Q&A with journalist and author Alanna Mitchell
Award winning Canadian journalist Alanna Mitchell spent three years on the high seas with scientists to write her book about the crisis happening to our oceans.
Off The Leash caught up with Mitchell to talk about her one-woman show on the subject, Sea Sick.
What was it like turning your written words into something to be performed on stage?
I worked with two Toronto directors, Franco Boni and Ravi Jain. It all started with my stories of being with the scientists. But they kept asking: why did you do that? Why did you want to know that? How does it all fit together? There was a chalkboard in the room and as they asked these questions, I would leap up and start writing things on the board. I would say: well, you can’t understand this until you understand that. Actually putting those words on stage, though, was absolutely terrifying. I’m still in agonies before I go on stage. Every single time.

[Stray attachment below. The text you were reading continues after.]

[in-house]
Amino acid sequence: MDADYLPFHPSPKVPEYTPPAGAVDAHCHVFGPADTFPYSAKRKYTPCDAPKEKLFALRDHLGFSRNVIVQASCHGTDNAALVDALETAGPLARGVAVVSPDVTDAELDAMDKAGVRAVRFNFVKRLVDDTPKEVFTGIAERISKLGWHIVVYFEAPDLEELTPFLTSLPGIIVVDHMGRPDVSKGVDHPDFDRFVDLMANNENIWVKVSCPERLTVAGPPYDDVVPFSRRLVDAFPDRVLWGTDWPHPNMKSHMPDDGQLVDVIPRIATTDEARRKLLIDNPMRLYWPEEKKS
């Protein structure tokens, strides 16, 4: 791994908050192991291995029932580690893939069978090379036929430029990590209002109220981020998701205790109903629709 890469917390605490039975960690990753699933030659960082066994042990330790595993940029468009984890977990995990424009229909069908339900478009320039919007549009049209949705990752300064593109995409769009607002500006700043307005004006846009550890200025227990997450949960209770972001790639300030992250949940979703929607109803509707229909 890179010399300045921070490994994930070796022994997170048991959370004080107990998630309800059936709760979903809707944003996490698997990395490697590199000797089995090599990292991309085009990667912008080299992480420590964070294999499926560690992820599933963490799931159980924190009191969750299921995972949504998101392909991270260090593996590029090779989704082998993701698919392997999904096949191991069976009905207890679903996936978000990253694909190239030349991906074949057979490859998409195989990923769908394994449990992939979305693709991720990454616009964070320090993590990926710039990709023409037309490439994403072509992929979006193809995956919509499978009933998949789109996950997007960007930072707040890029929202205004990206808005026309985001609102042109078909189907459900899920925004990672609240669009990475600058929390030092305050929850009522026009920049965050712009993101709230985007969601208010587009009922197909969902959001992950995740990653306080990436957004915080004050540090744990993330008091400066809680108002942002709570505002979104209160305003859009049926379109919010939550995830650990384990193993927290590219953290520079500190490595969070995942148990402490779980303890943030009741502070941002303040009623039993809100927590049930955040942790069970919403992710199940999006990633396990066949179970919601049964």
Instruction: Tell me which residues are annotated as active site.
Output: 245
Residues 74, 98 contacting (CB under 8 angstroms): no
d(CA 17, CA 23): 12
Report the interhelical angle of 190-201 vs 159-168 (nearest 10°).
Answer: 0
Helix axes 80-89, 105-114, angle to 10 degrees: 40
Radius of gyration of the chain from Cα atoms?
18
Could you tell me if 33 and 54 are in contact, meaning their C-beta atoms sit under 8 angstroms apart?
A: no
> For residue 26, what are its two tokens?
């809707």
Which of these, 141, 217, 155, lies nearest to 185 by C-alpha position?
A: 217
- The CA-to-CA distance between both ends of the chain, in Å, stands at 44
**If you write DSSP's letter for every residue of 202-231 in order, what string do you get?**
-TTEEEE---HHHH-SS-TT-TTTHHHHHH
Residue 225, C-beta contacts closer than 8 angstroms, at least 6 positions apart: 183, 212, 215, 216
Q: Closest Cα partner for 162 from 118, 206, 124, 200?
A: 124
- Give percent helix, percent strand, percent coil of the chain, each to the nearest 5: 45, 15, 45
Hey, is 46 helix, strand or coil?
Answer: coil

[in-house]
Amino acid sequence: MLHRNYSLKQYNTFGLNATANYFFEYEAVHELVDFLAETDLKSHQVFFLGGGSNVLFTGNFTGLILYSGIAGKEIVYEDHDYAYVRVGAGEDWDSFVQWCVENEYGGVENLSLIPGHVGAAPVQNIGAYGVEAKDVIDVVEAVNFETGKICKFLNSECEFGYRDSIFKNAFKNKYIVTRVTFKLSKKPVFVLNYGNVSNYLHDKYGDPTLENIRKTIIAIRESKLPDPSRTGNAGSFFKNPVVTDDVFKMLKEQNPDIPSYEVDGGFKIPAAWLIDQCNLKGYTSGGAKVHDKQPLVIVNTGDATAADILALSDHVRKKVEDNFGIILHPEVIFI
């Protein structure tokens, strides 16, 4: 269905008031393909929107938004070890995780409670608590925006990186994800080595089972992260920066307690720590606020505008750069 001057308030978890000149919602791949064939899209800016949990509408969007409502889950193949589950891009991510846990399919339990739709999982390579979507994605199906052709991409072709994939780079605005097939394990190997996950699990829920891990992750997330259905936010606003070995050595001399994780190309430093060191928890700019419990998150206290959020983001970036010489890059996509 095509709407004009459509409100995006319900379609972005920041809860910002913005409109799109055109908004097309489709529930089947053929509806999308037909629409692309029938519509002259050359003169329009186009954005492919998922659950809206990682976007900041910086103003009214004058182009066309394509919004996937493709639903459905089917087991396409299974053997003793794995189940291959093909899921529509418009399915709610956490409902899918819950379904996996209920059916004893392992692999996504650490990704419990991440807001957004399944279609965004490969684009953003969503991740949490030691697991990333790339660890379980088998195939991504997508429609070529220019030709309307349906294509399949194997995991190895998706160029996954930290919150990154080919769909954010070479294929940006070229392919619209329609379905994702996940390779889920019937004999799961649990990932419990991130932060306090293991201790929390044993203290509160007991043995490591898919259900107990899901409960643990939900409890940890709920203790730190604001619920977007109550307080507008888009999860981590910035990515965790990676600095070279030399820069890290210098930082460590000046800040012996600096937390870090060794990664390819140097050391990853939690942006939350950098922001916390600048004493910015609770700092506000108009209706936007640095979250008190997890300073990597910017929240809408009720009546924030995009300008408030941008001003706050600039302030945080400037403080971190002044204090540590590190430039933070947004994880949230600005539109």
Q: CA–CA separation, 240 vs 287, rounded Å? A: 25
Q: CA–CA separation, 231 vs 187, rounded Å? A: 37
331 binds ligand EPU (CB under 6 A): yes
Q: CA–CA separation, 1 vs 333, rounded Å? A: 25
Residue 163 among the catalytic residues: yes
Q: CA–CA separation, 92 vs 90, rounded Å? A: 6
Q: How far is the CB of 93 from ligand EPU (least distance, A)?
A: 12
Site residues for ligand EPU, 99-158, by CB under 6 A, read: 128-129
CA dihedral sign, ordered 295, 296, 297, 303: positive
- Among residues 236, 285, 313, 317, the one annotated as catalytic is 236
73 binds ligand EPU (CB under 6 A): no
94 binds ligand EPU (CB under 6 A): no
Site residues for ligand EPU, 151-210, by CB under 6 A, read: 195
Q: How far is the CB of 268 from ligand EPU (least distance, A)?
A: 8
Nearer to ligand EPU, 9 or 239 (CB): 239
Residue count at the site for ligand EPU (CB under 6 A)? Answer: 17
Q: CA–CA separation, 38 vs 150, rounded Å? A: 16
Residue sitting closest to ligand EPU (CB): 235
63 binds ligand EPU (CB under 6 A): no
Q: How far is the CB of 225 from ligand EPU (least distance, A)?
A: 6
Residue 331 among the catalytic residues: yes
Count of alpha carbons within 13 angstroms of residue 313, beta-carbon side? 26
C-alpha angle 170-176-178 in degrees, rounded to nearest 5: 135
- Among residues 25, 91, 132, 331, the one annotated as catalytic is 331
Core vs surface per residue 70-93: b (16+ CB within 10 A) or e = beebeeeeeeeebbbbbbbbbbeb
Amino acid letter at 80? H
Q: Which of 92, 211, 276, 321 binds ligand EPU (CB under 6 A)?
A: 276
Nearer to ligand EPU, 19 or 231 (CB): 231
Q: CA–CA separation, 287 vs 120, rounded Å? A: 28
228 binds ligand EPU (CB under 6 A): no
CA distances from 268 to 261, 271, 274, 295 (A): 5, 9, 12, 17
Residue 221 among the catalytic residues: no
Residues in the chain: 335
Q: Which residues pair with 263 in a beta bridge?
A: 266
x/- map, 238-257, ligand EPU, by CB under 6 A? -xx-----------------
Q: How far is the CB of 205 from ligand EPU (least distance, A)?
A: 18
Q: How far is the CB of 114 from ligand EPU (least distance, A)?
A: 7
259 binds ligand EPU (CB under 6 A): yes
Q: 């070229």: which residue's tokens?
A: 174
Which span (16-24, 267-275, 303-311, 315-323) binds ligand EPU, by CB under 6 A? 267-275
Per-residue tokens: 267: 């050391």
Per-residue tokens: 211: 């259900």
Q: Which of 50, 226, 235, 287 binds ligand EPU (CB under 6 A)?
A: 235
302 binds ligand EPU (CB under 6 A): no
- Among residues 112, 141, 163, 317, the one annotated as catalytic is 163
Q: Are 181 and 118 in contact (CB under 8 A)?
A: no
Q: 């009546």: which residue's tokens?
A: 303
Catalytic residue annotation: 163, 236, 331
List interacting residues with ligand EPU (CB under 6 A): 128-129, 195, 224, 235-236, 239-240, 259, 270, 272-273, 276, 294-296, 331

Do we have a right to be hopeful about the future of our oceans?
Things are getting much worse, much faster. You can look at the state of the Great Barrier Reef and get a really good sense of what’s going on in the ocean as a whole. It will take a lot to turn things around, but I think it’s still possible.
Darwin is a population by the sea – do you think coastal dwellers are more in touch with the ocean's health?
No question! Everywhere I’ve been in the world, people who live on the coast have a deep connection to the ocean. I’m from the prairies in the heart of North America, but I spent every summer at my grandmother’s house on the Pacific Ocean, rummaging around for barnacles, examining the creatures that lived in the tidal pools, clambering over driftwood logs. It’s that connection coastal people have with the ocean that gives me the most hope that we can come up with new ways of living on our planet.
Sea Sick | Fri 18 & Sat 19 Aug | 6.30pm | Darwin Entertainment Centre